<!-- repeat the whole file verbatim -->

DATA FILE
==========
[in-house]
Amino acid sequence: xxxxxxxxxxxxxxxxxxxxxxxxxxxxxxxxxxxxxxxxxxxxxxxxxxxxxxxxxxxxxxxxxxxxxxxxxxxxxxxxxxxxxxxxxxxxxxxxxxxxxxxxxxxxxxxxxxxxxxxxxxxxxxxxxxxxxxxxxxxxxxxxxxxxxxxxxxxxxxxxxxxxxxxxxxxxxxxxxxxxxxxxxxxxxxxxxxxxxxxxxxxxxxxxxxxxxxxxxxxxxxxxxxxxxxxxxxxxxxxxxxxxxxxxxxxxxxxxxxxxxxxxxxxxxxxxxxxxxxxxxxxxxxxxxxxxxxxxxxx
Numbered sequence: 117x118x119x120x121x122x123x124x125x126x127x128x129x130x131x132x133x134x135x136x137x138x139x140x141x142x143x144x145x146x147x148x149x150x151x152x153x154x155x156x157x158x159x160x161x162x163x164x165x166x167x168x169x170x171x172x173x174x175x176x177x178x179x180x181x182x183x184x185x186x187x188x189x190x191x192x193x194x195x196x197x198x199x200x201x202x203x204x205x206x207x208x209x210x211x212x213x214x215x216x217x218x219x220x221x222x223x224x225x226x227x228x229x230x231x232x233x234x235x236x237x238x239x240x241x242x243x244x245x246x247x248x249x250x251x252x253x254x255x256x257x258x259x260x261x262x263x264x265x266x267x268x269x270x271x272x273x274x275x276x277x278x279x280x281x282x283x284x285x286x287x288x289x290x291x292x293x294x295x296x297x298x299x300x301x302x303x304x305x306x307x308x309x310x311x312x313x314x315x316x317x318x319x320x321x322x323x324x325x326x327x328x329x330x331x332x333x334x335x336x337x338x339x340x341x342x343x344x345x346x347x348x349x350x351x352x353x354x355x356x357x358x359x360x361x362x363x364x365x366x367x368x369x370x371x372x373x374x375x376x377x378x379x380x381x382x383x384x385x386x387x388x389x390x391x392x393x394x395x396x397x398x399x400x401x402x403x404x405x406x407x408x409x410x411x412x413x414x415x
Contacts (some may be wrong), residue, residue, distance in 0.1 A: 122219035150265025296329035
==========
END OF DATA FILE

[in-house]
Amino acid sequence: xxxxxxxxxxxxxxxxxxxxxxxxxxxxxxxxxxxxxxxxxxxxxxxxxxxxxxxxxxxxxxxxxxxxxxxxxxxxxxxxxxxxxxxxxxxxxxxxxxxxxxxxxxxxxxxxxxxxxxxxxxxxxxxxxxxxxxxxxxxxxxxxxxxxxxxxxxxxxxxxxxxxxxxxxxxxxxxxxxxxxxxxxxxxxxxxxxxxxxxxxxxxxxxxxxxxxxxxxxxxxxxxxxxxxxxxxxxxxxxxxxxxxxxxxxxxxxxxxxxxxxxxxxxxxxxxxxxxxxxxxxxxxxxxxxxxxxxxxxx
Numbered sequence: 117x118x119x120x121x122x123x124x125x126x127x128x129x130x131x132x133x134x135x136x137x138x139x140x141x142x143x144x145x146x147x148x149x150x151x152x153x154x155x156x157x158x159x160x161x162x163x164x165x166x167x168x169x170x171x172x173x174x175x176x177x178x179x180x181x182x183x184x185x186x187x188x189x190x191x192x193x194x195x196x197x198x199x200x201x202x203x204x205x206x207x208x209x210x211x212x213x214x215x216x217x218x219x220x221x222x223x224x225x226x227x228x229x230x231x232x233x234x235x236x237x238x239x240x241x242x243x244x245x246x247x248x249x250x251x252x253x254x255x256x257x258x259x260x261x262x263x264x265x266x267x268x269x270x271x272x273x274x275x276x277x278x279x280x281x282x283x284x285x286x287x288x289x290x291x292x293x294x295x296x297x298x299x300x301x302x303x304x305x306x307x308x309x310x311x312x313x314x315x316x317x318x319x320x321x322x323x324x325x326x327x328x329x330x331x332x333x334x335x336x337x338x339x340x341x342x343x344x345x346x347x348x349x350x351x352x353x354x355x356x357x358x359x360x361x362x363x364x365x366x367x368x369x370x371x372x373x374x375x376x377x378x379x380x381x382x383x384x385x386x387x388x389x390x391x392x393x394x395x396x397x398x399x400x401x402x403x404x405x406x407x408x409x410x411x412x413x414x415x
Contacts (some may be wrong), residue, residue, distance in 0.1 A: 122219035150265025296329035